One of the things that interested me in Bough’s lecture was his take on digital devices. Bough “breaks down the often counterintuitive ways mobile devices and digital data are reshaping the way we experience, consume, and think.” It’s something that I’ve been thinking about in the classroom and in daily life.

Hackonomy and Anthropology

Bough’s lecture on “Hackonomy” is also interesting to compare with the anthropology brand, which has been one of the themes of the blog. Interestingly Bough’s lecture also converges with some of the questions we are tackling in my classes. For Introduction to Anthropology, we have been pondering Is Capitalism the Best Economic System? and Why Does Politics Matter? For Cultural Ecology, looking at Will Machines Replace Humans?, Will Technology Save Humanity?, and Too Much Time on My Hands?

A video of Bough’s talk is also now available:

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The CIA and American Anthropology: Tracing Funding, Tracing Impacts http://www.livinganthropologically.com/2017/03/20/cia-and-anthropology/ http://www.livinganthropologically.com/2017/03/20/cia-and-anthropology/#respond Tue, 21 Mar 2017 01:25:02 +0000 http://www.livinganthropologically.com/?p=13661 Sponsored by the Hardy Chair Lecture Series, the Hartwick College Department of Anthropology presented a public lecture by Dr. David H. Price, Professor of Anthropology at Saint Martin’s University. Titled “Tracing Funding, Tracing Impacts: The CIA and Anthropology,” the lecture outlined what Price called an accidental project he has now been working on for over 20 years.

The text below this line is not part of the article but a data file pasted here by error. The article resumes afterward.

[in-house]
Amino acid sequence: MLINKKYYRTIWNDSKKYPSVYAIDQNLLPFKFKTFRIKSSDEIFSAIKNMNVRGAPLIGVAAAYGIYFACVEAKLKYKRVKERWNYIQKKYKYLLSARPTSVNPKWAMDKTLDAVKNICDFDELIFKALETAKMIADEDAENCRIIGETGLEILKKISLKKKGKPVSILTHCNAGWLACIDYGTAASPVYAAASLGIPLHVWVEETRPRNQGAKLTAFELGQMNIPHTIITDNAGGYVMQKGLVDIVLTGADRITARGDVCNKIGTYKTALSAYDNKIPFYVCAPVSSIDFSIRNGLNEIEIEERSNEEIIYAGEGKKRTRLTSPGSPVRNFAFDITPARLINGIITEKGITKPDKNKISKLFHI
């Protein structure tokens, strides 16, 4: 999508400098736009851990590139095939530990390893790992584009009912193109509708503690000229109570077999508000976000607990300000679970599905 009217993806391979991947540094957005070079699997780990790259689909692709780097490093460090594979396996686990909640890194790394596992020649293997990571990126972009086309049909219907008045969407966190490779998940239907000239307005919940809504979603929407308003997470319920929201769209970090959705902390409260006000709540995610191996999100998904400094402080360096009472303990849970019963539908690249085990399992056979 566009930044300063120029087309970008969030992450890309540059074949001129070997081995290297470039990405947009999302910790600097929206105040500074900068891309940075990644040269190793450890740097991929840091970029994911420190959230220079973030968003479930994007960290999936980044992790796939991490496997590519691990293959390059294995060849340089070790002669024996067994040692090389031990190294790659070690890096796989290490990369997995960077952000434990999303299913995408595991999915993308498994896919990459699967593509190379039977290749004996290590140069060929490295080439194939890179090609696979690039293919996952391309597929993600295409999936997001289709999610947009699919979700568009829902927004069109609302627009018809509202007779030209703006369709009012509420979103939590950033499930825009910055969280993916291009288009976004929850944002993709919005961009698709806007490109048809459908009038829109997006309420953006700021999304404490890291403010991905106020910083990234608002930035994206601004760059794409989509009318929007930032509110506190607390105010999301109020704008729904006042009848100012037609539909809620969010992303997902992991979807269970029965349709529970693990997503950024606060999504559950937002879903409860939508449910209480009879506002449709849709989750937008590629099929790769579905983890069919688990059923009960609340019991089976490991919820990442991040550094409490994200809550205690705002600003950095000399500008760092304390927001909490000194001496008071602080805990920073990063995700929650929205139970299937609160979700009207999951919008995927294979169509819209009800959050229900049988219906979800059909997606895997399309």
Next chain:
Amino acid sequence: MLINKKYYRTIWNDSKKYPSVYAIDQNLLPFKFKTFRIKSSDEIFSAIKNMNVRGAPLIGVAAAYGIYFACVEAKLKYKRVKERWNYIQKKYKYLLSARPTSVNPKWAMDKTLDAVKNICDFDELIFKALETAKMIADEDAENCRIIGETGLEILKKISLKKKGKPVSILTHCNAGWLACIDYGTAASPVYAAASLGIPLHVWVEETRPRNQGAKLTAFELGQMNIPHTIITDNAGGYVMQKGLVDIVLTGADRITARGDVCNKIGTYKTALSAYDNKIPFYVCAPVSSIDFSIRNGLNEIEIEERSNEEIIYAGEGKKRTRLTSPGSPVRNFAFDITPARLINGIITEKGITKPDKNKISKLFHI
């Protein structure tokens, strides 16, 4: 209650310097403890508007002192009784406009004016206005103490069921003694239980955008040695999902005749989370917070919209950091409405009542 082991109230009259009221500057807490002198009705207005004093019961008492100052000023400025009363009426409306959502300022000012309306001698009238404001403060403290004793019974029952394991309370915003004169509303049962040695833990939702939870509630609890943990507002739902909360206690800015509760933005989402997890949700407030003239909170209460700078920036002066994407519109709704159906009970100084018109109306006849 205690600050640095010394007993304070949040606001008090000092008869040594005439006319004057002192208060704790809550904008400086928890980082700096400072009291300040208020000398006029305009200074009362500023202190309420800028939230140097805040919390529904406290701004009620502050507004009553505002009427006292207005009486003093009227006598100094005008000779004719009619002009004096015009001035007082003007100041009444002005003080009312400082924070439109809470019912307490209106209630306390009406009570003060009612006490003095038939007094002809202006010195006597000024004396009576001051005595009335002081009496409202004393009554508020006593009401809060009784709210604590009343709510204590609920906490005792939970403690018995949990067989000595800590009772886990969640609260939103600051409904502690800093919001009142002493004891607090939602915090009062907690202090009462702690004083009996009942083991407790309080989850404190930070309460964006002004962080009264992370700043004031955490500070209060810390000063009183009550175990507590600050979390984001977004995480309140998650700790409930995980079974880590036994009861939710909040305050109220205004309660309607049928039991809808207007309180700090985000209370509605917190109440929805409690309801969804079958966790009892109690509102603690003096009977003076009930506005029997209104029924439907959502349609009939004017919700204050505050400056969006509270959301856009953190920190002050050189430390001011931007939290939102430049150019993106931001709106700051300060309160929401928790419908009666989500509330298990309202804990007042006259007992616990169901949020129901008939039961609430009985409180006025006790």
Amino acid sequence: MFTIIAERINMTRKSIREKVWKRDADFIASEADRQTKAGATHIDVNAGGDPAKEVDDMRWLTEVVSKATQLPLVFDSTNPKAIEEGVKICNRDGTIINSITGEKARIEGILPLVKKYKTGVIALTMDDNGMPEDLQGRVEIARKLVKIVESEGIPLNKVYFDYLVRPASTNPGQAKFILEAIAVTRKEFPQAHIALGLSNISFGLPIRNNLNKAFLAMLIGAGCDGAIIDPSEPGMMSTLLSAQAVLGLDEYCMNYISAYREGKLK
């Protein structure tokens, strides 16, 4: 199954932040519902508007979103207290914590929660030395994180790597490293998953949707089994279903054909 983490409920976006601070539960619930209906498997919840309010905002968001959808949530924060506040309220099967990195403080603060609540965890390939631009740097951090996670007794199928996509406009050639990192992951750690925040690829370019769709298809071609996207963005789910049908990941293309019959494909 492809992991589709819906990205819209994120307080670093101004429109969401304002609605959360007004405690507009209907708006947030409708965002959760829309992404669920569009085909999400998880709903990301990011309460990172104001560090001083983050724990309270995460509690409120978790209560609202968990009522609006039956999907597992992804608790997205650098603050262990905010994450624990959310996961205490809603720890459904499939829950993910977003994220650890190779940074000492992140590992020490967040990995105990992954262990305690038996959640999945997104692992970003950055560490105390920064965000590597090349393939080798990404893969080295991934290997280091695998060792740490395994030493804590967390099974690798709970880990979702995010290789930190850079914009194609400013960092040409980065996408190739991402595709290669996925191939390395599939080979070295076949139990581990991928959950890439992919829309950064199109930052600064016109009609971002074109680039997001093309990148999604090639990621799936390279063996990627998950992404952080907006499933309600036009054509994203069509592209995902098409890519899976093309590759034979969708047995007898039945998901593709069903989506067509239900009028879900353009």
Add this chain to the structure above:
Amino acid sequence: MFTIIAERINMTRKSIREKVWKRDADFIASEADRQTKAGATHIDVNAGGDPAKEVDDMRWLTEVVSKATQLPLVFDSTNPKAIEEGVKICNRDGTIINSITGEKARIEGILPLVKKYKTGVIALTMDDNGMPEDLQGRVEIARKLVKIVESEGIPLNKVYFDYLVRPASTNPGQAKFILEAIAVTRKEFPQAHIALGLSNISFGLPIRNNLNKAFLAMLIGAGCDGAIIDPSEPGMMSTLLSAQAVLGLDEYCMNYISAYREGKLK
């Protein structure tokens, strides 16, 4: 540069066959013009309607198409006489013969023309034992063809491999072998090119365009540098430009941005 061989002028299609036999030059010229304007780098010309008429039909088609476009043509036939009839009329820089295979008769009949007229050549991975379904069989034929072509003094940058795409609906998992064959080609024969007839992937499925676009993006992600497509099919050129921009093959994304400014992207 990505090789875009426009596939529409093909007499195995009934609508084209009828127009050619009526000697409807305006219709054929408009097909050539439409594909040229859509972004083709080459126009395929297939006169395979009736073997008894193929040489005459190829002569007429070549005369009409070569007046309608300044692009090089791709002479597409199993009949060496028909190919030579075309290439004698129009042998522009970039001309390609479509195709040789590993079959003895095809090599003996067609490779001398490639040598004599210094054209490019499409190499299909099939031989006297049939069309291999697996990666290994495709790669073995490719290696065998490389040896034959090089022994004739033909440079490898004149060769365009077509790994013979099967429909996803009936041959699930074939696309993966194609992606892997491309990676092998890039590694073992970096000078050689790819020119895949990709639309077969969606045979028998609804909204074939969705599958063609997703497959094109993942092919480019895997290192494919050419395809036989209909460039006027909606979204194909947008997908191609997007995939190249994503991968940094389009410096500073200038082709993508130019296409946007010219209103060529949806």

David Price’s latest book Cold War Anthropology: The CIA, the Pentagon, and the Growth of Dual Use Anthropology (2016) is part of a project on anthropology, the intelligence community, and the military complex. The series began with Threatening Anthropology: McCarthyism and the FBI’s Surveillance of Activist Anthropologists (2004), continued with Anthropological Intelligence: The Use and Neglect of American Anthropology in the Second World War (2008), and includes Weaponizing Anthropology: Social Science in Service of the Militarized State (2011).

As anthropologist Alex Golub writes:

If Price’s work was merely a history of the political economy of our discipline, then that would be enough. But more importantly, Price demonstrates that our discipline’s theories of power, economics, and ethnicity were shaped by its interaction with American intelligence agencies. That is to say, the intellectual content of our discipline itself, he argues, was shaped by the history he describes in ways that are essential, not tangential, to our central theoretical concerns.